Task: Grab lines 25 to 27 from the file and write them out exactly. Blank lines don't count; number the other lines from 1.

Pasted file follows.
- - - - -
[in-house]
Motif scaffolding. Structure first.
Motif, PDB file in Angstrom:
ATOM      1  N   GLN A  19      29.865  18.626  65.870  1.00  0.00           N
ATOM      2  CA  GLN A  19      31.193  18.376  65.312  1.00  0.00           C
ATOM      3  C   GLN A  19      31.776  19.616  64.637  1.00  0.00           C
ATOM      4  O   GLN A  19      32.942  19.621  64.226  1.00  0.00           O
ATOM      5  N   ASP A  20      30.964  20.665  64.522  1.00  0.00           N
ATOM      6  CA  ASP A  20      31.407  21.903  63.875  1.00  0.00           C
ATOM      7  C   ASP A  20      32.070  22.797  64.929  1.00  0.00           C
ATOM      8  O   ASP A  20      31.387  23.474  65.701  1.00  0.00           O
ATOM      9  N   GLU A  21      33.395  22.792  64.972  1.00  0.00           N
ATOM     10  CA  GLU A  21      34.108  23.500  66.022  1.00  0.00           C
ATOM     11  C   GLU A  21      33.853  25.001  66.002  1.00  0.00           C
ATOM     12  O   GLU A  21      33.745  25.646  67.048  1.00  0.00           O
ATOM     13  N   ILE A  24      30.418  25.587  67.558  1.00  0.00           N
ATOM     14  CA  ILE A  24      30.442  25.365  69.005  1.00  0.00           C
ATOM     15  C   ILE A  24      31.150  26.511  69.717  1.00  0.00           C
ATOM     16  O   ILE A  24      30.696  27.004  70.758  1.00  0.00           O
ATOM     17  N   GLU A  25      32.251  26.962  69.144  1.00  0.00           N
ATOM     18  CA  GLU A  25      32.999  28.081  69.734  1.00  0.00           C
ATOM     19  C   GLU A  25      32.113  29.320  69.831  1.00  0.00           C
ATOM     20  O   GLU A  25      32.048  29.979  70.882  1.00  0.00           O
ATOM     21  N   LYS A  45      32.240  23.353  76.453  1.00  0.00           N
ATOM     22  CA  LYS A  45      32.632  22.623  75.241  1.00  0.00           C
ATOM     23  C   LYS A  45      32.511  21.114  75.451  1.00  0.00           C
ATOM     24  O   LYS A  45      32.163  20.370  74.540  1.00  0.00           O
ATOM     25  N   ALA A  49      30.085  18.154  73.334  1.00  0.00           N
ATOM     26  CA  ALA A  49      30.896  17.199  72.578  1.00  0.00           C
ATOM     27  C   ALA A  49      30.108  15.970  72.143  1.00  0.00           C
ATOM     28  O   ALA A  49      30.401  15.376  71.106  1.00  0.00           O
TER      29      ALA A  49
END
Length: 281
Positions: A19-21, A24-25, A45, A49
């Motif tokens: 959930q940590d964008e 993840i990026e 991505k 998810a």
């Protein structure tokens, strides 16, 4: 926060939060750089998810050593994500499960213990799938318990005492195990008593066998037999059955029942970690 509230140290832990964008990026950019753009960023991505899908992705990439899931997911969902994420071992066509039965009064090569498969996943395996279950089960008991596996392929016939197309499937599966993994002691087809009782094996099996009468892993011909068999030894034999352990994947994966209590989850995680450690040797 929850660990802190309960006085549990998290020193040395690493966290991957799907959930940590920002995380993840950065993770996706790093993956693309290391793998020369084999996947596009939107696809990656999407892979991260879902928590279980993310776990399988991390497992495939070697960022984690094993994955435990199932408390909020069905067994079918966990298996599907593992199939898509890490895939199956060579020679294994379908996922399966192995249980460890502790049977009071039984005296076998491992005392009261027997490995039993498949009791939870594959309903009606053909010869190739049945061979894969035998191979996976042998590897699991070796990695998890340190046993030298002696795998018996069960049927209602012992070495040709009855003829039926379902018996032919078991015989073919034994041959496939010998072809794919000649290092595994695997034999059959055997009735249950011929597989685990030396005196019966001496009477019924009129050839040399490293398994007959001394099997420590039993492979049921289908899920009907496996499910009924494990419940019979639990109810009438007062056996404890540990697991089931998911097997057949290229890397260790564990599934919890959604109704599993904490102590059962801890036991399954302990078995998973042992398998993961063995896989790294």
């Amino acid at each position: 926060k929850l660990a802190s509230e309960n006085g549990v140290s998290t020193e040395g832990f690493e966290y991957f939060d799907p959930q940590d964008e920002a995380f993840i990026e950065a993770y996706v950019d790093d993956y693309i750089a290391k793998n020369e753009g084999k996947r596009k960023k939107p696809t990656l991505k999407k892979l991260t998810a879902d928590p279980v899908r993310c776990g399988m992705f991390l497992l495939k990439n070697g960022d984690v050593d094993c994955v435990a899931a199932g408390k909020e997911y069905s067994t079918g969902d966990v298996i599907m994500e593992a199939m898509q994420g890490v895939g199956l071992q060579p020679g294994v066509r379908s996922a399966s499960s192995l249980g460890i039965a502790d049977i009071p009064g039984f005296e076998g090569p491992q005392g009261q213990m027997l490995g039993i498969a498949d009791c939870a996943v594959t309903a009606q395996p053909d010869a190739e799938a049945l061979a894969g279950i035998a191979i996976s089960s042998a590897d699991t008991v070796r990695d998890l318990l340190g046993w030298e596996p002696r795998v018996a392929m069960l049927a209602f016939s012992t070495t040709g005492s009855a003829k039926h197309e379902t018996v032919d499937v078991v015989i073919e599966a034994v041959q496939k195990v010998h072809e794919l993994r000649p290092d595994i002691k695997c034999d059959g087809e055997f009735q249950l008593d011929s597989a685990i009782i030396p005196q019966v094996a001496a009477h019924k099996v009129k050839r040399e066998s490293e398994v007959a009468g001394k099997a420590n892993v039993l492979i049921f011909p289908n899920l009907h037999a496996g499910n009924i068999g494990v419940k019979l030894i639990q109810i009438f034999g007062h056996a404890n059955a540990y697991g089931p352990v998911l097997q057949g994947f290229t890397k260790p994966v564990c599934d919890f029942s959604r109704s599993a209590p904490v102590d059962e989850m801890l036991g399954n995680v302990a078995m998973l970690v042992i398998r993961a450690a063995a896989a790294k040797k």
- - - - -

ATOM     22  CA  LYS A  45      32.632  22.623  75.241  1.00  0.00           C
ATOM     23  C   LYS A  45      32.511  21.114  75.451  1.00  0.00           C
ATOM     24  O   LYS A  45      32.163  20.370  74.540  1.00  0.00           O